The smaller support vehicle footprint and shorter time window between arriving at a launch position and firing the missile enabled by the solid fuel, combined with the expanded launch site options offered by the tracked TEL, significantly reduce the ability to track and target the Pukguksong‐2.
The technical developments on display in the latest missile test reduce the feasibility of any response option that involves destroying North Korean nuclear weapons in a preemptive strike. Wheeled TELs carrying liquid‐fueled missiles are still the norm in North Korea’s arsenal, but the Pukguksong‐2 gives Pyongyang a more survivable retaliatory capability that can carry out a nuclear strike even if the majority of North Korea’s land‐based missiles are held at risk. It is unclear how many Pukguksong‐2 missiles are in service and if they have functioning nuclear warheads. But the successful test of the missile should give the Trump administration pause as it considers its response options.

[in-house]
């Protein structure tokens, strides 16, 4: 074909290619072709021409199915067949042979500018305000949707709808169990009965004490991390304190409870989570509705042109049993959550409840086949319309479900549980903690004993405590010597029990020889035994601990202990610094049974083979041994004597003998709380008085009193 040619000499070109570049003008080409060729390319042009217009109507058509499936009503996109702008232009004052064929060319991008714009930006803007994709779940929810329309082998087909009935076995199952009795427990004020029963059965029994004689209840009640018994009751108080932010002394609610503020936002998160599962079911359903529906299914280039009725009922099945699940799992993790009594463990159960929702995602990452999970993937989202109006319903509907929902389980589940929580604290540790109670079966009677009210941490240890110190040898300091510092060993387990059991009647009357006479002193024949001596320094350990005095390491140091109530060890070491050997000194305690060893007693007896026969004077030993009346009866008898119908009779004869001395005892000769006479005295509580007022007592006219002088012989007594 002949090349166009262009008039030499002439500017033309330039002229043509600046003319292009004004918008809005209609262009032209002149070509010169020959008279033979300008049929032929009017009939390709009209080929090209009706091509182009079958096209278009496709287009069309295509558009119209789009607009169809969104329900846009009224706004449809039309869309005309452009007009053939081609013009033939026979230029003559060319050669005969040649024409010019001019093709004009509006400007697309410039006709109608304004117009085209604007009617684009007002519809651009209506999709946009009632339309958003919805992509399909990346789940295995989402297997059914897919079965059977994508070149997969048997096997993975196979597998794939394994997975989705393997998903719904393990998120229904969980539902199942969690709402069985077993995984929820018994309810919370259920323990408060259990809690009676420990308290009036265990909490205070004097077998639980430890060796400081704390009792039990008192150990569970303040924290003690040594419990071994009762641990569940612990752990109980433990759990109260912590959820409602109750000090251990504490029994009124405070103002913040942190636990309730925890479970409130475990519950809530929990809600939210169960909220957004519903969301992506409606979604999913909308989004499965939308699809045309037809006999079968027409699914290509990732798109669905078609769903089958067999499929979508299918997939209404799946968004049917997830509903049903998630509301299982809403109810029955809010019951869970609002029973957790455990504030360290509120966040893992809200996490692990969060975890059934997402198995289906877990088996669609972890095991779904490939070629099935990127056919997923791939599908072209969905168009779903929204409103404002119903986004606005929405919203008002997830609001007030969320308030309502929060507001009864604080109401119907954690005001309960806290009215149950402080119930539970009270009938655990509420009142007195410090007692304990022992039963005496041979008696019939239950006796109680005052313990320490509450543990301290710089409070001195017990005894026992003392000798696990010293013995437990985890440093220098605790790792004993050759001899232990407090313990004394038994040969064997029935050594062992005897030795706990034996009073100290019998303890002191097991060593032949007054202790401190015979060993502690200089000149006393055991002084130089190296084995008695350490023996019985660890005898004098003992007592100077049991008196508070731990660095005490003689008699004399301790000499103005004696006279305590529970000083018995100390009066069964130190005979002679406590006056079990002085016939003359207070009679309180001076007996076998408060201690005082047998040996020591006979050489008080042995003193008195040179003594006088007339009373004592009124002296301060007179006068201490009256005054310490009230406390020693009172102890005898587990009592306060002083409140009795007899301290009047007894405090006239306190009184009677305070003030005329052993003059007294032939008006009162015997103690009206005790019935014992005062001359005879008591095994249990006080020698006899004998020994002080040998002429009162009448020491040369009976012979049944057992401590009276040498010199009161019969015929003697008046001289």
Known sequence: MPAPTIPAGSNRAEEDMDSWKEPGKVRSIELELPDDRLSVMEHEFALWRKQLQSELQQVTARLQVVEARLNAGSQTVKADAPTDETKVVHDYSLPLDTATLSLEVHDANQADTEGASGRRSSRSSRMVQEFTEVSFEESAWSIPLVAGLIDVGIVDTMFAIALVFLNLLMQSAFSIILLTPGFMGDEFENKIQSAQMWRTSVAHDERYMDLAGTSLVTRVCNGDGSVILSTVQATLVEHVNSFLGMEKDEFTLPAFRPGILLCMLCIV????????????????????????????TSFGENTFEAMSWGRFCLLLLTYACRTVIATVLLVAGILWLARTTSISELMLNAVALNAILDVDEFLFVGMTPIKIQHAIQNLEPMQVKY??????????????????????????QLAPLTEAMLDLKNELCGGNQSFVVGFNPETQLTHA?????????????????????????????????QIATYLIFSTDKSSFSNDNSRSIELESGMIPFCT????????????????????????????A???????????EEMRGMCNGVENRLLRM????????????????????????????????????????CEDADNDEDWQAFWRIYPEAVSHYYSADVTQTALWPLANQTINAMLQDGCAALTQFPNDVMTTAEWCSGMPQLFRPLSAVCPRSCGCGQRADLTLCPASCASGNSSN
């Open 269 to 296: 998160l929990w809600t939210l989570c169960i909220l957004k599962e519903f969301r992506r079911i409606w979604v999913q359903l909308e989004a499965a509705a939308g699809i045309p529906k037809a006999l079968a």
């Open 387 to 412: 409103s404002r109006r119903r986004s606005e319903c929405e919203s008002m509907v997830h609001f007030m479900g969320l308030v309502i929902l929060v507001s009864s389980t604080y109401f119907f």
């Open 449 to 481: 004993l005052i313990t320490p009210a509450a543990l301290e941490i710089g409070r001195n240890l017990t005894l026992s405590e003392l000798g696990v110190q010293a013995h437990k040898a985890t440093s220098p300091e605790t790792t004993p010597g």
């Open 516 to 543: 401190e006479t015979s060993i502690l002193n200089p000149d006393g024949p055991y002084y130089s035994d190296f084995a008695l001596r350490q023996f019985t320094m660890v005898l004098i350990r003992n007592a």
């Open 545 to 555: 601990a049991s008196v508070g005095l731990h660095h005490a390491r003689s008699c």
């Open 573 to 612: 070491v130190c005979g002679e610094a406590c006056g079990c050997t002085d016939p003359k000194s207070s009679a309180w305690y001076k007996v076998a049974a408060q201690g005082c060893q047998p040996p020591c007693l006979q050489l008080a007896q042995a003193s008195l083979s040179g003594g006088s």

The risks and potential costs of a U.S. sneak attack against North Korea’s nuclear facilities and nuclear delivery systems, or a decapitating strike against Kim Jong‐un by South Korean and U.S. forces, grow as the North improves its missile technology. As the viability of the military option diminishes, the United States must find other ways to prevent North Korea’s nuclear development. Negotiating with Kim Jong‐un may not seem like “winning” to Trump and his advisors, but as military options become more dangerous and harder to effectively carry out, diplomacy might offer the United States the best chance to slow or halt North Korea’s progress.